Recently, I faced the daunting task of drilling a straight, accurate hole through the center of a turned handle.

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TurnedParts

Recently, I faced the daunting task of drilling a straight, accurate hole through the center of a turned handle. To make it possible, I constructed a clamping jig from two 6"-long blocks of 4x4. First, I squared the faces of the blocks on the jointer, and then I cut the ends to length and perfectly square using my mitersaw. Next, I notched a V-shaped groove in one side of each block using my tablesaw with the blade bevel set at 45°. Finally, I vertically mounted one of the V-blocks to a scrap piece of 34 " plywood.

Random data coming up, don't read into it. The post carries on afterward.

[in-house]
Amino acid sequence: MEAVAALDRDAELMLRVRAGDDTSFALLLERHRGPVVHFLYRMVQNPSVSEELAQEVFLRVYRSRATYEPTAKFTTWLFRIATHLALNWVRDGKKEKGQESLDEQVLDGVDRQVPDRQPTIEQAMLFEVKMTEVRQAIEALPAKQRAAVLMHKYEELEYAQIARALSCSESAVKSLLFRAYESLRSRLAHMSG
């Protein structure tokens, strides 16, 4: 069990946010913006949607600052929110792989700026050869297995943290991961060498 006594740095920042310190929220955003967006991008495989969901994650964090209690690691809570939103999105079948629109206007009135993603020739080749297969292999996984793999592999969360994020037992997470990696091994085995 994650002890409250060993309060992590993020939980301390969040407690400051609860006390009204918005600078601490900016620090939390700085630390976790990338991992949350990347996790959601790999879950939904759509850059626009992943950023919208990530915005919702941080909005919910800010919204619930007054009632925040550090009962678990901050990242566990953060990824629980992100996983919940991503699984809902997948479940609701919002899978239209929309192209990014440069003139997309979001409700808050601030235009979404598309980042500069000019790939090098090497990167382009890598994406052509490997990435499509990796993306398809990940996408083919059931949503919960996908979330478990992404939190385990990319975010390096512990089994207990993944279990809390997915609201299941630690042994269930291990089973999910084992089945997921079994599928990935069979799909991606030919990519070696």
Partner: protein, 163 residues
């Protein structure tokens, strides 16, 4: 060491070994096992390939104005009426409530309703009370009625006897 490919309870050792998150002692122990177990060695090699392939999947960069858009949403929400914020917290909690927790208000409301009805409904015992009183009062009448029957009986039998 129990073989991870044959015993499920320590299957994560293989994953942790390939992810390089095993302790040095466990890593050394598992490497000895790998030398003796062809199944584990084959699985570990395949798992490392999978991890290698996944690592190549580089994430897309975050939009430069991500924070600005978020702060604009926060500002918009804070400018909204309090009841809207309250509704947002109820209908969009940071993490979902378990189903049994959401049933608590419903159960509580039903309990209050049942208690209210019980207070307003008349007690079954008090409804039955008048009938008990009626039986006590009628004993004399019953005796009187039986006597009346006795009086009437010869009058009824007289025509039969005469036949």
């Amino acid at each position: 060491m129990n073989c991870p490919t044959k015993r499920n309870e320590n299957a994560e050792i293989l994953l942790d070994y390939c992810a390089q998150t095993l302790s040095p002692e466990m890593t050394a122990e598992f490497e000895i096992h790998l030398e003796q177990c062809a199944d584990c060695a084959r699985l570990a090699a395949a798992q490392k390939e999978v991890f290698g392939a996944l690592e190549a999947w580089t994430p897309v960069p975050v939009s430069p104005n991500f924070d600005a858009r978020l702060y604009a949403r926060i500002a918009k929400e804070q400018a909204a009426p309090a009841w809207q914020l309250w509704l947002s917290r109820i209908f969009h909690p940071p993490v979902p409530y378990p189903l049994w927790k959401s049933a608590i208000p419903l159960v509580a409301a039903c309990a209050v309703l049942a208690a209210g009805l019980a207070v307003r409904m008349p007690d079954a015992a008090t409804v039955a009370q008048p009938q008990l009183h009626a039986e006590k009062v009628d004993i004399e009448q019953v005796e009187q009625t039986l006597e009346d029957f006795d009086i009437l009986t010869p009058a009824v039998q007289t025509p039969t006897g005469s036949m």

To use the clamping jig, I place my turned part in the groove of the mounted V-block, and then clamp the other V-block to the first, as shown in the drawing. With the workpiece secured in the jig, I center the work-piece underneath the drill bit and clamp the jig base to the drill press table. By only fixing one of the two V-blocks to the base, the jig can firmly hold a variety of different-sized pieces, either square or round.

—Michael Millerick, Ridgefield, Conn.